After about five minutes, Agent Wales knocked again on the door of unit 110A. By this time, Agent Burns had come around to the front of the residence, concerned by the delay. When Ortiz opened the door, Agent Burns immediately recognized her as petitioner's girlfriend and confronted her with that fact. Ortiz began to stam mer and became visibly nervous; her eyes grew large and the carotid vein on her neck began pulsating. Con cluding that petitioner was inside, the agents pushed past Ortiz and entered the home. Pet. App. A3, B3; Gov't C.A. Br. 6-7; C.A. App. 28.
After advising Ortiz that they had a warrant for peti tioner's arrest, Agent Wales followed the other agents inside and yelled out "Chuck." From upstairs, petitioner responded "up here." Wales and another agent then began proceeding cautiously upstairs with their guns drawn, and they observed a child near the top of the stairs. Wales later testified that it was one of the most tense situations he had faced while in law enforcement because he was concerned about the child but feared an ambush. Upon reaching the top of the stairs, the agents saw petitioner in the hallway talking on a cell phone. At this point, approximately 20 seconds had passed since the agents entered the home. The agents ordered peti tioner to drop the phone, and they placed him under arrest. Pet. App. A3, B3-B4; Gov't C.A. Br. 7-8; C.A. App. 29-30, 66-67. While these agents arrested peti tioner, Agent Burns, who had been waiting at the bottom of the stairs, went up to the second floor to bring the child downstairs. Pet. App. A3, B4; Gov't C.A. Br. 8.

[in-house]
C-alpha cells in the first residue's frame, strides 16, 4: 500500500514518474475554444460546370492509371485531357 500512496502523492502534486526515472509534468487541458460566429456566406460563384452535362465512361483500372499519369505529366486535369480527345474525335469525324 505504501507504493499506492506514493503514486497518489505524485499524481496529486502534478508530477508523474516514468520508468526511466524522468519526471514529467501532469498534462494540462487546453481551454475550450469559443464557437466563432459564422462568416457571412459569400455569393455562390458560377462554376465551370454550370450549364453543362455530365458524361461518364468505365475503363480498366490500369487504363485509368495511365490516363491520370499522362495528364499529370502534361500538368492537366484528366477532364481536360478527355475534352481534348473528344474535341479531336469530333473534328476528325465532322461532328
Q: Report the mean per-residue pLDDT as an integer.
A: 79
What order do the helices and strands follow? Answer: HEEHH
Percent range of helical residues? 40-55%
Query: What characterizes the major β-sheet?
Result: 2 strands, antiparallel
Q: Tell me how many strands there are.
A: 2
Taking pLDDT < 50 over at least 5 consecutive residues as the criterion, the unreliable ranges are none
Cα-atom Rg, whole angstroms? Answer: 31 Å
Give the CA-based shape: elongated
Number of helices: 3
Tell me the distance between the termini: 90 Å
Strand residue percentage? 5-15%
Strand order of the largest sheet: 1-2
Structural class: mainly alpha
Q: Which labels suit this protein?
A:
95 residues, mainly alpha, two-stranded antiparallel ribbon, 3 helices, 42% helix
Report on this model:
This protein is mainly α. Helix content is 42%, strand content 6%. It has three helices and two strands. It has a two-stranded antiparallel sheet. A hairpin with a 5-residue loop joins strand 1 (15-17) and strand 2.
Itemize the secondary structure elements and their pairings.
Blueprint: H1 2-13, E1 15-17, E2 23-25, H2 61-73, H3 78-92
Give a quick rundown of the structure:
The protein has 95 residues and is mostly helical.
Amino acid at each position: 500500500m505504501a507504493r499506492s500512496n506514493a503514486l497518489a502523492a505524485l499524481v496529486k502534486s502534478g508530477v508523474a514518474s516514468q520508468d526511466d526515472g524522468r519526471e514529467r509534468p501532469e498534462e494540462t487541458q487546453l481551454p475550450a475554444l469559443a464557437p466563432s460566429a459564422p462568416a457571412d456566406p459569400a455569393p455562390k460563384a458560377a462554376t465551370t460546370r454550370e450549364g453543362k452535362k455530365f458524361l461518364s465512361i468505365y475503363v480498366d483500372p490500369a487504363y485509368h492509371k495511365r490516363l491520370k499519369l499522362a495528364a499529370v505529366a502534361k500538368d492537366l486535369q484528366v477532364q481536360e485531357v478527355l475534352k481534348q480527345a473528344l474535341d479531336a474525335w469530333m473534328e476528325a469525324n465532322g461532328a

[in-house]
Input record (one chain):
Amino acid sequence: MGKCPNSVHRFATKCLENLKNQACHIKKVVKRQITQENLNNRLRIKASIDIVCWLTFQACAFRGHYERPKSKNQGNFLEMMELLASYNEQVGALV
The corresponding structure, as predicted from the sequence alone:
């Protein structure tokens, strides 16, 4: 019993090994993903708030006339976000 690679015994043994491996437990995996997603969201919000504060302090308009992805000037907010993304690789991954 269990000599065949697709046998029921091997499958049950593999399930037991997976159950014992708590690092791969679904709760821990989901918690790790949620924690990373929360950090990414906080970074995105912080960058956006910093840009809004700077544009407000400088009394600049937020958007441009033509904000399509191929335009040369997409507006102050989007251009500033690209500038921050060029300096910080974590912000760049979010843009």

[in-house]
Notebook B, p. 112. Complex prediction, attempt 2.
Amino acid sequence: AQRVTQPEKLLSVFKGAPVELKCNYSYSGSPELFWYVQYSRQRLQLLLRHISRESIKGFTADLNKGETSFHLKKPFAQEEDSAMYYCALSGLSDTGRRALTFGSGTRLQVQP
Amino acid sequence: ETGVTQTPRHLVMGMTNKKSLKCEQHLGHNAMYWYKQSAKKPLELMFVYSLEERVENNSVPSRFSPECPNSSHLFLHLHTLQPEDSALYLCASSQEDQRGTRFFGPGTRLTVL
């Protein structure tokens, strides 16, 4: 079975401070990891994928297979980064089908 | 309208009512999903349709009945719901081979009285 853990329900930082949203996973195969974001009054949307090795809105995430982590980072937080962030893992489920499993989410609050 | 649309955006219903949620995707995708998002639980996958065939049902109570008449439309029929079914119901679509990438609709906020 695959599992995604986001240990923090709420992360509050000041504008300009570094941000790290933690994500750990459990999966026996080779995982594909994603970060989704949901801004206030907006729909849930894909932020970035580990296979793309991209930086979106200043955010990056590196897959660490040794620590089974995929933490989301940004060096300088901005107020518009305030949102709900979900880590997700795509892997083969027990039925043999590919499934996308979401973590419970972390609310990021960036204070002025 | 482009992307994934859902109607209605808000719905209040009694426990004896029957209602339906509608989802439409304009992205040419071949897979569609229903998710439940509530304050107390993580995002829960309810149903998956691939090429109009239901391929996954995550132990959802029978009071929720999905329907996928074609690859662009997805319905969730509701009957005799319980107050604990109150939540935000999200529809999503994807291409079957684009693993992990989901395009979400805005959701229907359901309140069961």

After handcuffing petitioner, the agents, per Agent Wales' standard procedure, asked petitioner for identifi cation.1 Petitioner said that it was in the nightstand in his bedroom. The agents went into the bedroom but were unable to locate the nightstand due to the large piles of clothes there. The agents escorted petitioner into the bedroom and asked for his identification a sec ond time, whereupon petitioner pointed to the night stand with his shoulder. One of the agents opened the nightstand, found petitioner's wallet lying on top of a large amount of cash, and pulled out his identification. Pet. App. A3-A4, B5; Gov't C.A. Br. 9.
While Agent Wales proceeded cautiously upstairs upon entering the home, State Trooper Mike Martin immediately moved off to the right, proceeded through the living room and kitchen, and went downstairs into the basement. He there observed an object covered by a blanket that occupied a space that appeared large enough to hide a crouching person. Trooper Martin re moved the blanket and discovered a safe approximately 24 inches high by 17 inches wide by 27 inches deep. Af ter securing the safety of the child, Agent Burns entered the basement and Trooper Martin showed him the safe. The two agents then went upstairs and, as the other agents were taking petitioner outside, informed them of the discovery. Petitioner stated, "That's my safe." Pet. App. A4, A8, B3-B4; Gov't C.A. Br. 7-10; C.A. App. 41.
b. Later that day, the agents applied for and ob tained a warrant to search petitioner's home, based largely on their discovery of the safe and the large amount of cash in petitioner's nightstand. Upon execut ing the search warrant, the agents seized (1) two gro cery bags containing about $58,000 of currency from the safe, which had a strong odor of cocaine; (2) a .45 caliber pistol and ammunition from a room adjoining peti tioner's bedroom; (3) the cash from the nightstand; and (4) other items from petitioner's bedroom, including a scale with white powder residue on it and additional rounds of ammunition. Pet. App. B6; Gov't C.A. Br. 10- 11; C.A. App. 43-44.